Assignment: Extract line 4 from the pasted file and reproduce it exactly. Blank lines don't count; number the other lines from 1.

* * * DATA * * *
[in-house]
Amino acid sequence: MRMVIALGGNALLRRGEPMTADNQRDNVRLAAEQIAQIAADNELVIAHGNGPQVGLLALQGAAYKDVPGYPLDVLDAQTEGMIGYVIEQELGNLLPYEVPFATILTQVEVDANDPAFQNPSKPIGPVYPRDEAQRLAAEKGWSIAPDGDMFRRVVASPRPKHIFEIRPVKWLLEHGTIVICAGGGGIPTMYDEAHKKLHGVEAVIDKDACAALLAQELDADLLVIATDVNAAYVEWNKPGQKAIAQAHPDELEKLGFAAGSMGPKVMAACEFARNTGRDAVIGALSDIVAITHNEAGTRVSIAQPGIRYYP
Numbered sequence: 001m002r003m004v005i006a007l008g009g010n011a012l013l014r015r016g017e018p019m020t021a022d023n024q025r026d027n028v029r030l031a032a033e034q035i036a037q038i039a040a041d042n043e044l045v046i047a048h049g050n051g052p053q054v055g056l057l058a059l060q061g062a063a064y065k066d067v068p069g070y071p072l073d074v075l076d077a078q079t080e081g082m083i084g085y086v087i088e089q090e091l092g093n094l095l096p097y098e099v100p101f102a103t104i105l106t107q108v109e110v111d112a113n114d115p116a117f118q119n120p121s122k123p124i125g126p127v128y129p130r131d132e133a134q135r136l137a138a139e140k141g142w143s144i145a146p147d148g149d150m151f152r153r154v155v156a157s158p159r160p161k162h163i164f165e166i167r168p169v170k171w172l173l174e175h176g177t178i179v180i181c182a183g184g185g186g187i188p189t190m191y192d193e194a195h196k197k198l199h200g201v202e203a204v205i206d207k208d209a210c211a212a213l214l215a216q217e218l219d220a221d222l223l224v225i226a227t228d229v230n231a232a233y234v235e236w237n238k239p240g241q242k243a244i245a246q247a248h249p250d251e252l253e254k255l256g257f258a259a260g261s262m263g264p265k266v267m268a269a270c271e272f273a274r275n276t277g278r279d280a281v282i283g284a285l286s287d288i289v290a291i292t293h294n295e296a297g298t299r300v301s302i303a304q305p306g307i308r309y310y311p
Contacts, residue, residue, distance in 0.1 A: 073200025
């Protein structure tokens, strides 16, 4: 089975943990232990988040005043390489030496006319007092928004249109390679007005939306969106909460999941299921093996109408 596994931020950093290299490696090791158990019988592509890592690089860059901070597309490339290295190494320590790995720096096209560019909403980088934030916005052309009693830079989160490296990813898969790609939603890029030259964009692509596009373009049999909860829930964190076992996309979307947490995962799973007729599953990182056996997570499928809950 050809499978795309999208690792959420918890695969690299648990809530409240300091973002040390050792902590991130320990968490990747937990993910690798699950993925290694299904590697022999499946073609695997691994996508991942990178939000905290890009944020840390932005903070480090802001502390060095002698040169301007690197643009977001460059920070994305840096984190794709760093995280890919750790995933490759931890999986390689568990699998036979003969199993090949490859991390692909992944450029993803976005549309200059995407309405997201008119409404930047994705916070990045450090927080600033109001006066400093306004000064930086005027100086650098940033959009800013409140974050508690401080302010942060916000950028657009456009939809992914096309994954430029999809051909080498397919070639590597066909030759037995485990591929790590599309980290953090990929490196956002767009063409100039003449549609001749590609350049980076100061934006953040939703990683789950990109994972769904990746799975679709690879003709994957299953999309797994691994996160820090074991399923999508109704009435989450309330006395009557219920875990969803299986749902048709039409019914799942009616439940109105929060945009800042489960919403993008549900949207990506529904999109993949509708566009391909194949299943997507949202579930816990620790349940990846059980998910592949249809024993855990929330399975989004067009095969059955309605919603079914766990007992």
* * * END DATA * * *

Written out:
Contacts, residue, residue, distance in 0.1 A: 073200025